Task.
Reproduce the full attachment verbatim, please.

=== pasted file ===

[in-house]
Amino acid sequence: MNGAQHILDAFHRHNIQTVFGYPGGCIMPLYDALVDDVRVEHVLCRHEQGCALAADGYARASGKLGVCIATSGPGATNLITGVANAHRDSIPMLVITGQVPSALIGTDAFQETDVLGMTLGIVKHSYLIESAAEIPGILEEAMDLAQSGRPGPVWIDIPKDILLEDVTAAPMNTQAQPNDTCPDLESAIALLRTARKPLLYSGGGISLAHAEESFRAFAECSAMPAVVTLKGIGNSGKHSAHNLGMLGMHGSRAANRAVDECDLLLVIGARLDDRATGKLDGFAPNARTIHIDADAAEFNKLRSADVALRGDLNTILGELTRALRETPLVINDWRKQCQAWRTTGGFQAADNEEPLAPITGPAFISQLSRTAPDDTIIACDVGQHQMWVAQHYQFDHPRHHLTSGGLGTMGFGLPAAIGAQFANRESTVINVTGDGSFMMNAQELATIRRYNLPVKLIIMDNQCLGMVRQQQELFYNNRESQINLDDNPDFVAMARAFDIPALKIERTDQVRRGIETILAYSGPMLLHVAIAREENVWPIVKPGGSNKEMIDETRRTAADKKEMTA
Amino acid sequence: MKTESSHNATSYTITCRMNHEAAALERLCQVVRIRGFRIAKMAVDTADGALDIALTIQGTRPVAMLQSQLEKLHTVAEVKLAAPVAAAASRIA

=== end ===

[in-house]
Amino acid sequence: MNGAQHILDAFHRHNIQTVFGYPGGCIMPLYDALVDDVRVEHVLCRHEQGCALAADGYARASGKLGVCIATSGPGATNLITGVANAHRDSIPMLVITGQVPSALIGTDAFQETDVLGMTLGIVKHSYLIESAAEIPGILEEAMDLAQSGRPGPVWIDIPKDILLEDVTAAPMNTQAQPNDTCPDLESAIALLRTARKPLLYSGGGISLAHAEESFRAFAECSAMPAVVTLKGIGNSGKHSAHNLGMLGMHGSRAANRAVDECDLLLVIGARLDDRATGKLDGFAPNARTIHIDADAAEFNKLRSADVALRGDLNTILGELTRALRETPLVINDWRKQCQAWRTTGGFQAADNEEPLAPITGPAFISQLSRTAPDDTIIACDVGQHQMWVAQHYQFDHPRHHLTSGGLGTMGFGLPAAIGAQFANRESTVINVTGDGSFMMNAQELATIRRYNLPVKLIIMDNQCLGMVRQQQELFYNNRESQINLDDNPDFVAMARAFDIPALKIERTDQVRRGIETILAYSGPMLLHVAIAREENVWPIVKPGGSNKEMIDETRRTAADKKEMTA
Amino acid sequence: MKTESSHNATSYTITCRMNHEAAALERLCQVVRIRGFRIAKMAVDTADGALDIALTIQGTRPVAMLQSQLEKLHTVAEVKLAAPVAAAASRIA